There are several moving parts to this operation.  Not the least of which is the engineers bringing up the bridges.  And that was the problem:

Through inexcusable tardiness, and more than culpable neglect of duty, Captain [James L.] Robbins, of the Fiftieth New York Volunteer Engineers, did not appear in sight with his pontoons until after 12 o’clock at noon on the 14th, although he had but eighty miles to come from Fort Monroe, and received his orders to go as fast as he could at 2 p.m. on the 13th.

Robbins was part of the Engineer Brigade operating directly with Brigadier-General Henry Benham out of Fort Monroe at that time.  Weitzel soon found Captain Robbins:

So anxious was I that there should be no delay that I sent a dispatch boat to look for the pontoons down the river, with orders to go until  they were found and hurry them up. Fifteen miles below Jamestown Island they were found at anchor, the captain being asleep.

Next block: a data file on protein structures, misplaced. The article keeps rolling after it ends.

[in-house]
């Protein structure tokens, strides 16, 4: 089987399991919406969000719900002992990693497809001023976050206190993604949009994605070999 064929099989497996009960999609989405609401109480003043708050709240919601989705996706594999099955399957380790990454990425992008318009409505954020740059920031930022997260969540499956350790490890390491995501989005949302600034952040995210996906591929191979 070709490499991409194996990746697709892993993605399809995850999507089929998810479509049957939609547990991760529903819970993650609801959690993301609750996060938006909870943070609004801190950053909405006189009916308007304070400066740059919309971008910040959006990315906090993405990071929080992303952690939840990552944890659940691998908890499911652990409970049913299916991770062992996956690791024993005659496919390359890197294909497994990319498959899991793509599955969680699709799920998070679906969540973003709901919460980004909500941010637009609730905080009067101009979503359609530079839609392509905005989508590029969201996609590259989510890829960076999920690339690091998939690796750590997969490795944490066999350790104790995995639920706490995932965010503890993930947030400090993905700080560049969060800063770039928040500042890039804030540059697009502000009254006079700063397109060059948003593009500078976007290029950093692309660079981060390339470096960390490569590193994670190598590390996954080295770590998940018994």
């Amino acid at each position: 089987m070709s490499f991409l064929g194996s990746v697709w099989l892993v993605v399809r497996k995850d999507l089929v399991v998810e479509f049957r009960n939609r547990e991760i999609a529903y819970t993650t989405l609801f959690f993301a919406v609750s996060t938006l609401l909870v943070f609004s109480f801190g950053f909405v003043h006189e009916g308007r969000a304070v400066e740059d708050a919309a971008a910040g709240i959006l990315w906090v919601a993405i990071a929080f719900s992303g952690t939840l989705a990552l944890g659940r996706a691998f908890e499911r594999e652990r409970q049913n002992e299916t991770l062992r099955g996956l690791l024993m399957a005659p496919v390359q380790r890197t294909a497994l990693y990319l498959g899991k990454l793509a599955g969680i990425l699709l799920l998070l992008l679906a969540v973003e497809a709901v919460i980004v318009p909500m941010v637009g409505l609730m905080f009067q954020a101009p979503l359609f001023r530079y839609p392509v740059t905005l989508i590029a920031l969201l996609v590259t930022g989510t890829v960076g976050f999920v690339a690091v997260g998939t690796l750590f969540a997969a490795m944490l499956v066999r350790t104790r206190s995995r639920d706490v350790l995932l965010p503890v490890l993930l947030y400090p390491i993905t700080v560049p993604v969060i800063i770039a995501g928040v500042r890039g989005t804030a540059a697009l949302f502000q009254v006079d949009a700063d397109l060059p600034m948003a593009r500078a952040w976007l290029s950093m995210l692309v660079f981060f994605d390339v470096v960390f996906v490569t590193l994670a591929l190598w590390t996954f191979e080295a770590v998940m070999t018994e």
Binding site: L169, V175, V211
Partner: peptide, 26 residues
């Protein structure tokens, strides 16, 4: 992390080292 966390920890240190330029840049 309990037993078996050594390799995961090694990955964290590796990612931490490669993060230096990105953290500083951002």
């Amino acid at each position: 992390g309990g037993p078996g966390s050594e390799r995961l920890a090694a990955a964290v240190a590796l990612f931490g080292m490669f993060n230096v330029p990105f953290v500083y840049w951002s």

In addition to the preparations mentioned above, Weitzel or Michie (or both) had six schooners – three each above and below the bridge site – setup as anchor points for the intended bridges.

While Weitzel and Michie completed work facilitating the crossing, north of the James River, the 50th New York Engineers (minus of course Robbins and his tardy pontoon bridge), were busy preparing the roads that would get the Army of the Potomac to crossing points.

(Citations from OR, Series I, Volume 36, Part III, pages 754-5; Volume 40, Part I, page 676-7.)